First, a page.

Two names come straight to mind when we talk about doomsayers and property prices – economists Harry Dent and Steve Keen.
In 2014 American Harry Dent predicted a 30% to 50% fall and in more recent years he has forecast that prices will halve in at least Sydney and Melbourne by 2023.
Steve Keen, from Australia, predicted a 40% fall within five years last year, and a similar drop after the GFC in the late 2000s.
Will the property Doomsayers be right THIS time?
In reality over the past 10 years Australian house prices have grown in value by more than 36%, with the median capital city house price rising from $463,673 at the end of 2010 to $633,745 as at the end of August this year, according to CoreLogic figures. Since 2014 the data shows prices have risen by 16%.
So what will happen to prices in the aftermath of COVID-19?
The general consensus is that Australian property prices will fall a little in the aftermath of COVID-19. But a 40% drop is highly unlikely.
CoreLogic’s latest figures show Australian housing values were down in August by just 0.4%, with the fall only around 2% since the recent high in April.
“It’s more plausible that there will be some drops but they will be minimal. I think property prices will drop five to 10 per cent – it willbe closer to 10 per cent in Victoria and around five per cent for the rest of the country.”
As has happened in the past there will be some places where property prices increase and some in which falls will be felt the most.
Those to be hit hardest are likely to be near-new properties, due to government incentives to build brand new, as well as CBD apartments, with many rented by international students, says Koulizos.
“A typical suburban home – a detached house on a decent-sized block reasonably close to amenities – will not see much impact at all.”
Personal investment columnist Pam Walkley says she’s unsure of where property prices will head from here because we are in “unchartered territory”.
In the short term, she says, downward pressure could be put on prices if there are a lot of foreclosures following mortgage freezes, and if overseas migration slows significantly – which it is likely to do – and lessens demand.
“While I don’t see huge price falls in the short term I don’t really see any potential for huge rises either,” she says.
“But long term if the recession – and maybe it becomes a depression – causes governments to find ways to cut their outlays, major changes to the way property is treated tax-wise may be the catalyst for very hefty rises.
“Will we really be able to afford generous negative gearing breaks, family homes being CGT-free and not counting the family home in the assets test to access government pensions in our parlous state?”
Ultimately prices are very likely to rise again
Koulizos has undertaken research which shows Australia has proven to be very resilient in global economic crises, with prices rising in the five years after every time.
The research found that following the GFC in 2008-2009 capital city dwelling values increased by up to 39% in the five years after. Prices also increased by up to 100.7% after the recession of 1973 to 1975, 67.7% following the downturn of 1982 and 1983 and 47.3% following the ‘recession we had to have’ in 1990-91.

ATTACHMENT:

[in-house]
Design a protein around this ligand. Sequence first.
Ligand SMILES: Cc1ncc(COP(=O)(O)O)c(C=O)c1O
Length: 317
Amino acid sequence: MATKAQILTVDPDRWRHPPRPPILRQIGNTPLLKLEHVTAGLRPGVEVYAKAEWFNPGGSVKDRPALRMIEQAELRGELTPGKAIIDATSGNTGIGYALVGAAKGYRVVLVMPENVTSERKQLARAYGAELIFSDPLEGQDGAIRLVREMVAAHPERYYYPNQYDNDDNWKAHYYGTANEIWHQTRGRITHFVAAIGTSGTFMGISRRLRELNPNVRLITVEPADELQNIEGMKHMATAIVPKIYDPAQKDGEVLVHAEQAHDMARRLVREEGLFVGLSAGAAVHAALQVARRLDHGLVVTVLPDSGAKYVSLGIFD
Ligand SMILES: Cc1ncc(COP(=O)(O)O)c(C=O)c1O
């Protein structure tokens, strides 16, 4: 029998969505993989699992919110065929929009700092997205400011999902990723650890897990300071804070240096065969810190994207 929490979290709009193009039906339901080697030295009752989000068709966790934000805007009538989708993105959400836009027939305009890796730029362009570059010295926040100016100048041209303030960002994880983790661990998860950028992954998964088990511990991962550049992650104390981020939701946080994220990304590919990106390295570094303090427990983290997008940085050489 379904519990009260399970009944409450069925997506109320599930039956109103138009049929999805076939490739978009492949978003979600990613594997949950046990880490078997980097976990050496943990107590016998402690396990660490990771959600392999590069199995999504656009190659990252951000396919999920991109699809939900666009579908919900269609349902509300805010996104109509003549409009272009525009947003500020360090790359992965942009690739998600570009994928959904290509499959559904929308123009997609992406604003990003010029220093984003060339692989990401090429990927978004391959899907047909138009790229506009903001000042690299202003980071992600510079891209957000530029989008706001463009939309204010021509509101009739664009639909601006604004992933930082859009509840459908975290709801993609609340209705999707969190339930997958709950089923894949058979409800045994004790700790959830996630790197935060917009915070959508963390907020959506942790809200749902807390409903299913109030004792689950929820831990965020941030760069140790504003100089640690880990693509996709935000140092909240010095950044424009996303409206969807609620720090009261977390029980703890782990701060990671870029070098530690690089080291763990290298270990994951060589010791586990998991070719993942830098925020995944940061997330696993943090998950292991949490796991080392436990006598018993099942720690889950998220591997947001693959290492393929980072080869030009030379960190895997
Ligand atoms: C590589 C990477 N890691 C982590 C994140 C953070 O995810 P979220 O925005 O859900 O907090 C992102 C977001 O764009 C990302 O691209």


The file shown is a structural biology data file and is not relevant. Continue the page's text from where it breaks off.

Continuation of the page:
Eventually, prices will rise
Koulizos says in the case of the current health crisis, government and banks are offering an economic airbag, including record low interest rates and mortgage repayment holidays, to soften the impact financially, which is an added positive.
He points out that in the 1990s recession unemployment hit 11% and interest rates were 17.5%, while this time around we have unemployment forecast to hit a high of 10% and 3.5% interest rate, which is going to “save property prices” in Australia.
He adds that the Australian property market is heavily dominated by owner-occupiers rather than investors, and selling their own home is the absolute last resort.
At the moment he says buyer demand is low but so is supply which means prices are largely holding up.
Paul Clitheroe, financial adviser and editor/founder of Money, acknowledges that interest rates will be low for a long time, but he adds that income growth for the vast majority of the working population will also be low.
“Add JobSeeker winding back, COVID in all probability being with us for longer than we hope, banks wanting to get repayments on loans sooner than later…. you would not need to be Albert Einstein to figure downward pressure on prices,” he says.
Right now the market is generally holding due to huge government support, very low interest rates, banks deferring loan repayment and things such as the ability to access $10,000 from Super… not to mention a majority are in front with mortgage repayments”, he says.
“But jobs will disappear and may take a long time to come back, government support will reduce and in many cases people’s reserves will dry up.
While forced supply will put downward pressure on prices, Clitheroe says with time buyers can be quite confident that a growing population and eventual recovery will see property continue to be a solid investment.
Despite the COVID-19 crisis restricting immigration and the trend towards youngsters delaying having a family, Australia’s population still grows, he says, with the average prediction for population of around 35 million in a bit over 30 years. This means demand for housing will grow going forward.”